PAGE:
Talk:Lee–Jackson Day

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Lee-Jackson Day IS Celebrated Dixie Wide[edit]

This article needs to be expanded to include the FACT that Lee-Jackson Day while not an officially observed holiday in all of the Southern States is still celebrated and observed none the less by the citizens of each State on January 19 of each year. Only Virginia celebrates Lee-Jackson Day on the Friday before MLK Day, everyone else does it on the 19th (Lee's Birth date).

For example I live in Tampa, FL and all across our area their are BBQ's and festivals to mark this Southern Holiday. My cousin lives in Atlanta, GA and they have 3 parades for Lee 7 Jackson and the Stone Mt. Park has a major event to honor them.

This article is written to belittle the holiday as a "fringe" holiday celebrated by a small group of people when its really a major Southern Holiday.

6r3yf0x (talk) 18:21, 17 January 2009 (UTC)

Hello? I'm looking for some feedback regarding the expansion of this topic which is currently painted with a thick coat of Yankee / anti-Southern - Southern minimalist white wash. Lee-Jackson Day is celebrated all across Dixie and even in some States that are not even part of Dixie.

Please provide feedback by March 1, 2009 or I will begin to edit this article on my own.

6r3yf0x (talk) 14:12, 28 January 2009 (UTC)

I would like to have this article updated by inserting the below Virginia Code in the [citation needed] area. If in doubt, the code can be found at the following URL http://leg6.state.va.us/cgi-bin/legp604.exe?001+ful+CHAP0454

Wikipedia article Lee-Jackson-King Day was a holiday celebrated in the Commonwealth of Virginia from 1984 to 2000. Robert E. Lee's birthday (January 19, 1807) has been celebrated as a Virginia holiday since 1889. In 1904, the legislature added the birthday of Thomas J. "Stonewall" Jackson (January 21, 1824) to the holiday, and Lee-Jackson Day was born.[1] In 1983, the United States Congress declared January 15 to be a national holiday in honor of civil rights leader Martin Luther King, Jr. Since 1978, Virginia had celebrated King's birthday in conjunction with New Year's Day. To align with the federal holiday, the Virginia legislature simply combined King's celebration with the existing Lee-Jackson holiday. In 2000, Virginia Governor Jim Gilmore proposed splitting Lee-Jackson-King Day into two separate holidays after debate arose over whether the nature of the holiday which simultaneously celebrated the lives of Confederate generals and a civil rights icon was incongruous.[citation needed] The measure was approved and the two holidays are now celebrated separately as Lee-Jackson Day and Martin Luther King, Jr. Day.


Amendment and reenactment § 2.1-21 of the Code of Virginia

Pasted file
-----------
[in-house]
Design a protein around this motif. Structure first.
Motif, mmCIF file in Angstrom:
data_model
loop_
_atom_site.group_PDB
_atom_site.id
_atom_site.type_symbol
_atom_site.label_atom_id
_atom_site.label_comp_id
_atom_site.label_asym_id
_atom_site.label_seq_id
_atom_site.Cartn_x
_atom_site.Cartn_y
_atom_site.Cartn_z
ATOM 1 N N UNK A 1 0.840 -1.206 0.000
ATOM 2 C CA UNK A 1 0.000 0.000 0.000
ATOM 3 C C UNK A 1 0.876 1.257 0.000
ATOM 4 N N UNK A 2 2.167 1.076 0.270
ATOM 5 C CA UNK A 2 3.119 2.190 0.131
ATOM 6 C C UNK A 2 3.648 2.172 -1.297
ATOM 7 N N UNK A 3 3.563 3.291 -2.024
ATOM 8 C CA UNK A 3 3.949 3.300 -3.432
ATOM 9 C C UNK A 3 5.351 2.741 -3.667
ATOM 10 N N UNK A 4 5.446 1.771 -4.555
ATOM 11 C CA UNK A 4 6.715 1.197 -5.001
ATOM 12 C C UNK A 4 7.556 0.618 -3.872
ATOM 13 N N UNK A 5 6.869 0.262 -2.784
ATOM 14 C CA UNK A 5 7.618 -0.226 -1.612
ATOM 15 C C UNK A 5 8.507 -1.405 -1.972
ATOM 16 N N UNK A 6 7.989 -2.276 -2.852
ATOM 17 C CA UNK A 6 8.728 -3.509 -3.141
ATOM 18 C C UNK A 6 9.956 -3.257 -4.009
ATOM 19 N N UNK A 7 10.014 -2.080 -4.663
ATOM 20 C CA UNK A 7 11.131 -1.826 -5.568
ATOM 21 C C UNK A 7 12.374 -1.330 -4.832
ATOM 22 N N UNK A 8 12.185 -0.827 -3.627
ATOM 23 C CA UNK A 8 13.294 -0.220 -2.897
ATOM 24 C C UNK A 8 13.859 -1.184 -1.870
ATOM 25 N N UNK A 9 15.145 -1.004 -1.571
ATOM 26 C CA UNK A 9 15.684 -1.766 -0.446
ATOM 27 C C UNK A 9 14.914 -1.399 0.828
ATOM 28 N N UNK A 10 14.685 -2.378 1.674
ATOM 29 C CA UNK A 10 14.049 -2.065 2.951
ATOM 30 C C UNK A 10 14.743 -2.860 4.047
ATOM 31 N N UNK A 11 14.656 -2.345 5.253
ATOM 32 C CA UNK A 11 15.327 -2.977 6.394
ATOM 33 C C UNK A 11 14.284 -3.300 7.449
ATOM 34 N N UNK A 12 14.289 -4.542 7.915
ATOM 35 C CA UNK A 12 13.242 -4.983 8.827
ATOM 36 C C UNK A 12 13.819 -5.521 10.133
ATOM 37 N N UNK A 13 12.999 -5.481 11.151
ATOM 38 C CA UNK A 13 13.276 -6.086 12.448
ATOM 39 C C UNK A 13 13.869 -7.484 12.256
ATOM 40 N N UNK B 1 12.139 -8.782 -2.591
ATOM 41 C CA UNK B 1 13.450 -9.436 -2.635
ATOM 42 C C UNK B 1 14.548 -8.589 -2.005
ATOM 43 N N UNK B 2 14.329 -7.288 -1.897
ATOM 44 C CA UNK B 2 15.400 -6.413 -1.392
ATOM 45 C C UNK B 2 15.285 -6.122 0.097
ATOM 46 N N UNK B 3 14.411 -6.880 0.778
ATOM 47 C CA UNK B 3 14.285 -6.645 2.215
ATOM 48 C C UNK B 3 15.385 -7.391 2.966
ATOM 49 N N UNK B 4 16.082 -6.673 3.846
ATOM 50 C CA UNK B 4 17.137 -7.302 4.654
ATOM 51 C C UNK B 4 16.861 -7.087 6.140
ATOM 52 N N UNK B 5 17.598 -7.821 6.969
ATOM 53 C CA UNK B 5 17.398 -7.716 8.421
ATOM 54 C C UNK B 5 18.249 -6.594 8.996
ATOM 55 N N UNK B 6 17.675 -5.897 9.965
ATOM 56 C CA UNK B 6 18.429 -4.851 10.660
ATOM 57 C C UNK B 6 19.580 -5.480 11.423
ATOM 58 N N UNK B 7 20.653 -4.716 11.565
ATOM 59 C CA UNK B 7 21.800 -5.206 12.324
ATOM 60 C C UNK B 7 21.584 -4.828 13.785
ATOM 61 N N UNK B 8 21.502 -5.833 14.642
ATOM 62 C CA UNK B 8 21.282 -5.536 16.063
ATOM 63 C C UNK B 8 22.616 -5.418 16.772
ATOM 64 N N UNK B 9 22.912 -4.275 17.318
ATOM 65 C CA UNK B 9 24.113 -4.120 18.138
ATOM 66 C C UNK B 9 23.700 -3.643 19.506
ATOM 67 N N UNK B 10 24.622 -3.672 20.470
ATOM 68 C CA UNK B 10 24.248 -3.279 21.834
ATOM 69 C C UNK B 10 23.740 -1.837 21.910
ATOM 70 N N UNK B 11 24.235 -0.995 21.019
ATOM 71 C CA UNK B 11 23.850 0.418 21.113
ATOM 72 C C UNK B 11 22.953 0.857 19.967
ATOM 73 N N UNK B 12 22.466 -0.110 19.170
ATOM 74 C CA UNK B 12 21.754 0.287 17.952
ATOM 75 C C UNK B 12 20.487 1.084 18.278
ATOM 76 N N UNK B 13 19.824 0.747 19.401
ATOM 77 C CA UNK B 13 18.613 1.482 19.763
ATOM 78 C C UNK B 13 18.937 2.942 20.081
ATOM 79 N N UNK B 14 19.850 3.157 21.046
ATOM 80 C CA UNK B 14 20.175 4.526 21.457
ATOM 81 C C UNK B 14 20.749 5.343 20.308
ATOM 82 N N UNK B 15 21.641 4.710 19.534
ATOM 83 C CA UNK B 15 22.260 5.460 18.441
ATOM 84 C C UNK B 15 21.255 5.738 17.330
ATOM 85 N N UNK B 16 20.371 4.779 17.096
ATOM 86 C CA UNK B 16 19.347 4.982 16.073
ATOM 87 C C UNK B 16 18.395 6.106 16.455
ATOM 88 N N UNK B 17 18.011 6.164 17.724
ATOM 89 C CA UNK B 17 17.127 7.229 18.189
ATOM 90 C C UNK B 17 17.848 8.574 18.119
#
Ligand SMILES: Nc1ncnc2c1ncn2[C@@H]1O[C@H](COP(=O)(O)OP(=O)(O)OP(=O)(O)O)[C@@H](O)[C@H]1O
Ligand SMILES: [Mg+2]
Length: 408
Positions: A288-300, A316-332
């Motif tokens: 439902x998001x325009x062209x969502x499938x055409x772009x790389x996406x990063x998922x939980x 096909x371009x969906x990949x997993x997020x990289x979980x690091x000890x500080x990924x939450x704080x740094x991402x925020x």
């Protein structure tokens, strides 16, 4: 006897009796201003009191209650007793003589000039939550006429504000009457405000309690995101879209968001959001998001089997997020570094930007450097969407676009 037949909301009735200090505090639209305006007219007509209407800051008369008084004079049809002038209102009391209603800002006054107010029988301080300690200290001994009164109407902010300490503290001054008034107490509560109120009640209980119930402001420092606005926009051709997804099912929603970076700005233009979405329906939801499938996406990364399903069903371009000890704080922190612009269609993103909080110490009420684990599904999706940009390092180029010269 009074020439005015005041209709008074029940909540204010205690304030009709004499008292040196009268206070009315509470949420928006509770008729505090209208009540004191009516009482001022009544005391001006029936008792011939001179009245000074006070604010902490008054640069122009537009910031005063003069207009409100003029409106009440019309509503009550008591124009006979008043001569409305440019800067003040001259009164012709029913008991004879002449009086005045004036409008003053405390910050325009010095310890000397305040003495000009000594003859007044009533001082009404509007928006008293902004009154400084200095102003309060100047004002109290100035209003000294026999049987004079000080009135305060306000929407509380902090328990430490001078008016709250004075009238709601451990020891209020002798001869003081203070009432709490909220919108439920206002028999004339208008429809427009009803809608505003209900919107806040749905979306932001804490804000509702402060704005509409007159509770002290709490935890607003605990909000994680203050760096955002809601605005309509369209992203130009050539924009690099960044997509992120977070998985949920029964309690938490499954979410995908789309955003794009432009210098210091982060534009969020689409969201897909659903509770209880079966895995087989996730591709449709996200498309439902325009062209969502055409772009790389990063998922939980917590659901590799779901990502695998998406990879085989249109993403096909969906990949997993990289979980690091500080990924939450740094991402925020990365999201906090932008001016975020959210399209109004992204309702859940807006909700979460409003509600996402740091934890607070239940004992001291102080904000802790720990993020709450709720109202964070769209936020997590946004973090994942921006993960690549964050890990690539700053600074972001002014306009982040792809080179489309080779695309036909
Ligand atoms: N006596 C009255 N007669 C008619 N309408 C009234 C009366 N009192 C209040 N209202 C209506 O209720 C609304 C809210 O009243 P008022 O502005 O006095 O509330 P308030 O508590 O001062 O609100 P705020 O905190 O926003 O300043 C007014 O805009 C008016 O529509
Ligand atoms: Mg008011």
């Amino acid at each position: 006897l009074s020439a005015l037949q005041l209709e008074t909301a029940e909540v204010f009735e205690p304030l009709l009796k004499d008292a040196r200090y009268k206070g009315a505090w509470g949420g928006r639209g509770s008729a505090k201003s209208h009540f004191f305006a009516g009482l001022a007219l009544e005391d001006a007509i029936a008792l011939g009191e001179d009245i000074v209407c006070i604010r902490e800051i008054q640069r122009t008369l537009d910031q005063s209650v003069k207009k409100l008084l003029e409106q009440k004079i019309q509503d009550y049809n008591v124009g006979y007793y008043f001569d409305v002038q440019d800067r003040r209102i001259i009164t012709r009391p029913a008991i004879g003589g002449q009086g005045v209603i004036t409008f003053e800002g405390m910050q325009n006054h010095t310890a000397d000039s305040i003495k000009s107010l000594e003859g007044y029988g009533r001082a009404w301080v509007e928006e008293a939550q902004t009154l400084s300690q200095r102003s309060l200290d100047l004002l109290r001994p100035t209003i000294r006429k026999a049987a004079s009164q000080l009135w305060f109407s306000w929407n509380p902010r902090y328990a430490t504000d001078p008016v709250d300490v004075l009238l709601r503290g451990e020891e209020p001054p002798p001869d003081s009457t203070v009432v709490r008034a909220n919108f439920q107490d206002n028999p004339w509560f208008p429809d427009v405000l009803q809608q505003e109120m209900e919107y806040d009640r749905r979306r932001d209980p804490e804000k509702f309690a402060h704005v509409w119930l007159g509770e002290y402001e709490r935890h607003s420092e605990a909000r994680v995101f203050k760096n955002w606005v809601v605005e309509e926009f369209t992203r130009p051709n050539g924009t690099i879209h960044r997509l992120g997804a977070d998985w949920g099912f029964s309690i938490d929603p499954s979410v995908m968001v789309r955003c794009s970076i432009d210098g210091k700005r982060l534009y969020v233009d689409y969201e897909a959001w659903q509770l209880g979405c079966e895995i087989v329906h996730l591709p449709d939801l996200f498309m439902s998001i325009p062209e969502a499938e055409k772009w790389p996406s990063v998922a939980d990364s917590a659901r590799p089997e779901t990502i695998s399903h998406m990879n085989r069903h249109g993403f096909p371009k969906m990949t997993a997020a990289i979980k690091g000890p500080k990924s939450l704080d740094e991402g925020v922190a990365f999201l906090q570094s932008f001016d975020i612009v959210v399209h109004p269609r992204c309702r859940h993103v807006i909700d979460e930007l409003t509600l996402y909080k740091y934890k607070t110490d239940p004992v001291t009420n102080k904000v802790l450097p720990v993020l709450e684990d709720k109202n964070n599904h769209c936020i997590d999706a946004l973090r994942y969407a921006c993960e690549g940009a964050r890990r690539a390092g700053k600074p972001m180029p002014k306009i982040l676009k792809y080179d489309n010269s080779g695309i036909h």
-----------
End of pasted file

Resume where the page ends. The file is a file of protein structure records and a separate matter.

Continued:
CHAPTER 454 An Act to amend and reenact § 2.1-21 of the Code of Virginia, relating to legal holidays. [H 1124] Approved April 4, 2000 Be it enacted by the General Assembly of Virginia: 1. That § 2.1-21 of the Code of Virginia is amended and reenacted as follows: § 2.1-21. Legal holidays. It is the policy of the Commonwealth to fix and set aside certain days in the calendar year as legal holidays for the people of Virginia to honor and commemorate such holidays so established. In each year, the following days are designated as legal holidays: January 1 - New Year's Day. The Friday preceding the third Monday in January - Lee-Jackson Day to honor Robert Edward Lee (1807 - 1870) and Thomas Jonathan (Stonewall) Jackson (1824 - 1863), defenders of causes. The third Monday in January - Martin Luther King, Jr., Day Lee-Jackson-King Day to honor Robert Edward Lee (1807 - 1870), Thomas Jonathan (Stonewall) Jackson (1824 - 1863), and to honor Martin Luther King, Jr., (1929 - 1968), defenders defender of causes. The third Monday in February - George Washington Day to honor George Washington (1732 - 1799), the first President of the United States of America. The last Monday in May - Memorial Day to honor all persons who made the supreme sacrifice in giving their lives in defense of Virginia and the United States of America in the following wars and engagements and otherwise: Indian Uprising (1622), French and Indian Wars (1754 - 1763), Revolutionary War (1775 - 1783), War of 1812 (1812 - 1815), Mexican War (1846 - 1848), War Between the States (1861 - 1865), Spanish-American War (1898), World War I (1917 - 1918), World War II (1941 - 1945), Korean War (1950 - 1953), Vietnam War (1965 - 1973), and Operation Desert Shield-Desert Storm (1990 - 1991). On this day all flags, national, state, and local, shall be flown at half staff or mast to honor and acknowledge respect for those who made the supreme sacrifice. July 4 - Independence Day to honor the signing of the Declaration of Independence. The first Monday in September - Labor Day to honor all people who work for a livelihood in Virginia. The second Monday in October - Columbus Day and Yorktown Victory Day to honor Christopher Columbus (1451 - 1506), a discoverer of the Americas, and the final victory at Yorktown on October 19, 1781, in the Revolutionary War. November 11 - Veterans Day to honor all persons who served in the Armed Forces of Virginia and the United States of America in the following wars and engagements and otherwise: Indian Uprising (1622), French and Indian Wars (1754 - 1763), Revolutionary War (1775 - 1783), War of 1812 (1812 - 1815), Mexican War (1846 - 1848), War Between the States (1861 - 1865), Spanish American War (1898), World War I (1917 - 1918), World War II (1941 - 1945), Korean War (1950 - 1953), Vietnam War (1965 - 1973), and Operation Desert Shield-Desert Storm (1990 - 1991). The fourth Thursday in November and the Friday next following - Thanksgiving Day to honor and give thanks in each person's own manner for the blessings bestowed upon the people of Virginia and honoring the first Thanksgiving in 1619. December 25 - Christmas Day. Whenever any of such days falls on Saturday, the Friday next preceding such day, or whenever any of such days falls on Sunday, the Monday next following such day, and any day so appointed by the Governor of this Commonwealth or the President of the United States, shall be a legal holiday as to the transaction of all business. —Preceding unsigned comment added by 138.163.0.43 (talk) 21:18, 3 May 2010 (UTC)